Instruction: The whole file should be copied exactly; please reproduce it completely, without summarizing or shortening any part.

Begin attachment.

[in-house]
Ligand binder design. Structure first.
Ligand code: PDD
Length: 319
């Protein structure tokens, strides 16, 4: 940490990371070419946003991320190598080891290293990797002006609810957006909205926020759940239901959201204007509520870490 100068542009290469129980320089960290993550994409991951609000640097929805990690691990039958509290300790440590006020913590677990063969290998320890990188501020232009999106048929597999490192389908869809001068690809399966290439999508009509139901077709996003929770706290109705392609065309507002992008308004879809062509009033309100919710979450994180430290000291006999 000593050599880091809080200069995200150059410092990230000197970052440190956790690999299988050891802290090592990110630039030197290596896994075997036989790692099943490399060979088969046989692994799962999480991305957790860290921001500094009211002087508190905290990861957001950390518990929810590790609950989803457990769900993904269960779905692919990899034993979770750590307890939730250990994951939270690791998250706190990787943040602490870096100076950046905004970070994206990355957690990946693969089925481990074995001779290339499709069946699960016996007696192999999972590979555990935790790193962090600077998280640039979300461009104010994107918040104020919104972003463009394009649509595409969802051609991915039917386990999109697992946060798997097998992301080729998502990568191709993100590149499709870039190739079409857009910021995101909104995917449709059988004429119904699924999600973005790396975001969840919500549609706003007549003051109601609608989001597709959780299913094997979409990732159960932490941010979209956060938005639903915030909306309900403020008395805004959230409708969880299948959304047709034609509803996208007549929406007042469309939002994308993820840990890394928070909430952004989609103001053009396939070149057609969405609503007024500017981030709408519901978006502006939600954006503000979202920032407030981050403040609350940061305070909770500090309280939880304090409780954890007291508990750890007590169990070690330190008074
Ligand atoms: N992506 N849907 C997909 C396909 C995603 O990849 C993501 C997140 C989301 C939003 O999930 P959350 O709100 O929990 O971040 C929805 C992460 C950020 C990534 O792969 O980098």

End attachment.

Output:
[in-house]
Ligand binder design. Structure first.
Ligand code: PDD
Length: 319
């Protein structure tokens, strides 16, 4: 940490990371070419946003991320190598080891290293990797002006609810957006909205926020759940239901959201204007509520870490 100068542009290469129980320089960290993550994409991951609000640097929805990690691990039958509290300790440590006020913590677990063969290998320890990188501020232009999106048929597999490192389908869809001068690809399966290439999508009509139901077709996003929770706290109705392609065309507002992008308004879809062509009033309100919710979450994180430290000291006999 000593050599880091809080200069995200150059410092990230000197970052440190956790690999299988050891802290090592990110630039030197290596896994075997036989790692099943490399060979088969046989692994799962999480991305957790860290921001500094009211002087508190905290990861957001950390518990929810590790609950989803457990769900993904269960779905692919990899034993979770750590307890939730250990994951939270690791998250706190990787943040602490870096100076950046905004970070994206990355957690990946693969089925481990074995001779290339499709069946699960016996007696192999999972590979555990935790790193962090600077998280640039979300461009104010994107918040104020919104972003463009394009649509595409969802051609991915039917386990999109697992946060798997097998992301080729998502990568191709993100590149499709870039190739079409857009910021995101909104995917449709059988004429119904699924999600973005790396975001969840919500549609706003007549003051109601609608989001597709959780299913094997979409990732159960932490941010979209956060938005639903915030909306309900403020008395805004959230409708969880299948959304047709034609509803996208007549929406007042469309939002994308993820840990890394928070909430952004989609103001053009396939070149057609969405609503007024500017981030709408519901978006502006939600954006503000979202920032407030981050403040609350940061305070909770500090309280939880304090409780954890007291508990750890007590169990070690330190008074
Ligand atoms: N992506 N849907 C997909 C396909 C995603 O990849 C993501 C997140 C989301 C939003 O999930 P959350 O709100 O929990 O971040 C929805 C992460 C950020 C990534 O792969 O980098």